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Blog 5 - Lessons learnt and future practice

What are the most important things that I have learnt on the ONL course?   Undoubtedly the value of collaboration.  Somewhat sceptical when I first started (I work most effectively by myself - or so I thought) I was astonished at the creativity unleashed once our team got to know one-another and started working collaboratively.  And I'm sure that in eight weeks we spent on this, we were only scratching the surface in this regard.  Of course, one has to overcome certain fears and uncertainties and also be prepared to share intellectual property, but the rewards could be significant. 
Another important thing I learnt was the amount of tools and apps out there that are actually accessible and doable once you give it a try.  I know a little bit about these things, and have used them, but my perspective on their potential applications has changed a lot.  Twitter is one:  I've avoided Twitter because I'm mostly old school and I'd rather keep quiet than mouth off at 140 charact…
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Blog 4 - Reflections on design for online and blended learning

Over the past two weeks I have been doing quite a bit of reflection on the topic of designing and supporting for online learning.  As Varsity College, the institution that I work for, moves resolutely forward with its agenda for the promotion of teaching & learning in the online environment, I realise that it is necessary to bite the bullet and get serious about this matter as an integral and permanent part of my teaching practice.    
I have already in past introduced some aspects of technology into my teaching - small things such as playing relevant YouTube videos to my Legal History students (great content there on Roman battles and Romans doing all sorts of historically important things), or exploring, together with my students, the United Nations’ online repository of international legal instruments. 
Obviously some classes (subjects) lend themselves to these sort of activities more than others do.  The two subjects mentioned above lend themselves to this sort of exploratory …

Blog 3 - reflections on networked learning and collaboration

This week’s Economist magazine describes how, in 1982 Fraser Mustard, a doctor, founded the Canadian Institute for Advanced Research (CIFAR) as a 'university without walls', in which researchers could work across disciplines.  CIFAR encouraged its fellows to share their best ideas – often without much reward - rather than guarding them jealously.  The result has been strong development in Artificial Intelligence (AI) and other technologies in Canada, with profitable results and making that country one of the world's leaders in AI and associated technologies.[1]
The story got my attention because I have been thinking a lot about the topic we are currently working on in our PBL group.  Veering between enthusiasm and a fair bit of scepticism, I wasn’t sure (still am not completely, I have to admit) if networked learning and collaboration are everything they are cracked up to be. 
Borrowing from the ‘restaurant’ (À la carte v Buffet) theme we were working on in our group, it st…

Blog 2 - Reflections on openness in academia: Open or closed or too early to tell?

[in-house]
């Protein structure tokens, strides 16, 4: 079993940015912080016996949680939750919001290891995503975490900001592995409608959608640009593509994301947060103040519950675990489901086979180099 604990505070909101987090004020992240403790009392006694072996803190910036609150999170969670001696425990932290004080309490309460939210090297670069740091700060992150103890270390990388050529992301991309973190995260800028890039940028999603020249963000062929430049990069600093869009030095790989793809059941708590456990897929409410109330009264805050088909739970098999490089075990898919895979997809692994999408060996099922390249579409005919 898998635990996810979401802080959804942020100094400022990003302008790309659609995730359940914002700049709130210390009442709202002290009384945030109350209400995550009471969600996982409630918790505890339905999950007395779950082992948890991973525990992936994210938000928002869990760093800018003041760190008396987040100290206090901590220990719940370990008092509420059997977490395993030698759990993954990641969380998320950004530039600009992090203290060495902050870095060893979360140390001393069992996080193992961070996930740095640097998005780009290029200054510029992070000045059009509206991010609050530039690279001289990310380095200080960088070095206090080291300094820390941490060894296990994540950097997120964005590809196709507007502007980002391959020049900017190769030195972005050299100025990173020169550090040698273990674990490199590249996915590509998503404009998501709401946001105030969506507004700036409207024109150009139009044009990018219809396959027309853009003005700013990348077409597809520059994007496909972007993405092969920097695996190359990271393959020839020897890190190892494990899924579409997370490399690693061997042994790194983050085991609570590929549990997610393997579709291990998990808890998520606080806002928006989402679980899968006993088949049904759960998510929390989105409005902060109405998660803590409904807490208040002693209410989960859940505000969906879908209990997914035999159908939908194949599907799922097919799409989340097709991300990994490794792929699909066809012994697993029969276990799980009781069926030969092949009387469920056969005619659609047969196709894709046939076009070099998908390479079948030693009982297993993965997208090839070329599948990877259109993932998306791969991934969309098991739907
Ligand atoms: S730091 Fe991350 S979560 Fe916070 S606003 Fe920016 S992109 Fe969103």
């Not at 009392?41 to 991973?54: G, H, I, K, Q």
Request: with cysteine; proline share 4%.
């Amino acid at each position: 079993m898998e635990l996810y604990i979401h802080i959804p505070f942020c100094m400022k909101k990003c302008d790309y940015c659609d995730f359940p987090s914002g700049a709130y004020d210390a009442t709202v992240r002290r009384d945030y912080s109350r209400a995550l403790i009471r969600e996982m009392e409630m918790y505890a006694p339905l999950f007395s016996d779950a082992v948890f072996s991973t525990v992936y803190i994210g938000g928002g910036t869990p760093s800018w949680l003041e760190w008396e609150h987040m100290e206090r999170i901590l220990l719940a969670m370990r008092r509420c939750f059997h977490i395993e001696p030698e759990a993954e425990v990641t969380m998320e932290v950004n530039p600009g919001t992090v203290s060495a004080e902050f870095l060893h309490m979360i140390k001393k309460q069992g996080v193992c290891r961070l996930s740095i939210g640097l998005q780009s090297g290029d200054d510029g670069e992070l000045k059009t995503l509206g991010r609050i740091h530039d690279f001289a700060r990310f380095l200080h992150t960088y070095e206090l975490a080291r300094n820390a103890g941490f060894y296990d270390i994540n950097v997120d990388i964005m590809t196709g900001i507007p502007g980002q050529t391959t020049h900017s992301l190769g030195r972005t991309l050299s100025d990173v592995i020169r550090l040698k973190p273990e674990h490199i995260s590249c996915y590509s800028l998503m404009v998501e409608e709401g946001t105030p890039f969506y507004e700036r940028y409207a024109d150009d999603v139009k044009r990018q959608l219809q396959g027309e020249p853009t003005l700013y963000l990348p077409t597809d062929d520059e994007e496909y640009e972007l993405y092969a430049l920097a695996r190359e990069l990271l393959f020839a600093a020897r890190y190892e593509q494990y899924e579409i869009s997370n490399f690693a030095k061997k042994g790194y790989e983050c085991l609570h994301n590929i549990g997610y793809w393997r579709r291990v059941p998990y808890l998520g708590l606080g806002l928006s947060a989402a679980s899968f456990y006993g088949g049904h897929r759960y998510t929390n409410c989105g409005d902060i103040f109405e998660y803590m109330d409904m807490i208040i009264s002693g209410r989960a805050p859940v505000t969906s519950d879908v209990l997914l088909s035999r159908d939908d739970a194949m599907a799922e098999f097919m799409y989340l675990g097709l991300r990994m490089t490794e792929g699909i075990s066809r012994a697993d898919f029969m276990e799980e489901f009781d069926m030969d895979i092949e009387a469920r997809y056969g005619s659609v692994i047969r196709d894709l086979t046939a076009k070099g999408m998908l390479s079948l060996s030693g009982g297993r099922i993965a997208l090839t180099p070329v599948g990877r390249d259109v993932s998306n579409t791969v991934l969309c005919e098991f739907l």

Some years ago I heard about the OER (Open Educational Resources) initiative launched by MIT (see for example https://ocw.mit.edu/courses/physics/8-282j-introduction-to-astronomy-spring-2006/).  For several years after I was an avid follower of MIT's open-courseware programmes, but mostly in a casual and dilettantish sort of way.  Nevertheless I did learn a lot and it was an invaluable experience.  Recently I discovered the research reports (academic articles) published by the anthropologists and geologists who had discovered and are exploring the fossilized remains of Homo naledi, a new species of the genus Homo discovered in the Rising Star complex of caves near Johannesburg in South Africa in 2013.  These reports are all freely available in the open access journal e-life sciences (for example at https://elifesciences.org/articles/09560).  Dedicated reading of these fascinating articles can nurture the amateur anthropologist or geologist in anyone who has enough interest in this…

Blog 1 – Digital literacy and online participation – reflecting on the past two weeks

In the course of Topic 1 of the ONL172 I have already had to confront several of my own fears and phobias concerning the online world.  Here are three of them: 
Fear & phobia #1:  Not connecting – total technology failure 
An ever-present fear (not being a digital native – see David White’s webinar at https://www.youtube.com/watch?v=sPOG3iThmRI&feature=youtu.be) is not being able to connect at all – or experiencing slow and intermittent connection.  In the class-room this can be very frustrating because of the valuable time lost.  On the ONL172 course my big worry was of being irredeemably left behind and not knowing what was going on. 
Connection to our group meetings was eventually solidified when we moved to Zoom.  And then there was the amazing connection I had on the day I was visiting Durban for a workshop.  In the midst of an astonishing, massive storm (see http://www.news24.com/SouthAfrica/News/in-pictures-massive-storm-wreaks-havoc-in-durban-20171010 and on Twitter at …

Introducing myself to my PBL 5 group

Hello everyone, I am a lecturer in the School of Law at Varsity College and fortunate enough to live and work in the beautiful city of Cape Town. I'm particularly interested to learn more about applying digital technologies and collaborative techniques to the learning and teaching of law - both in the class-room and out. Looking forward to getting to know my colleagues on this project.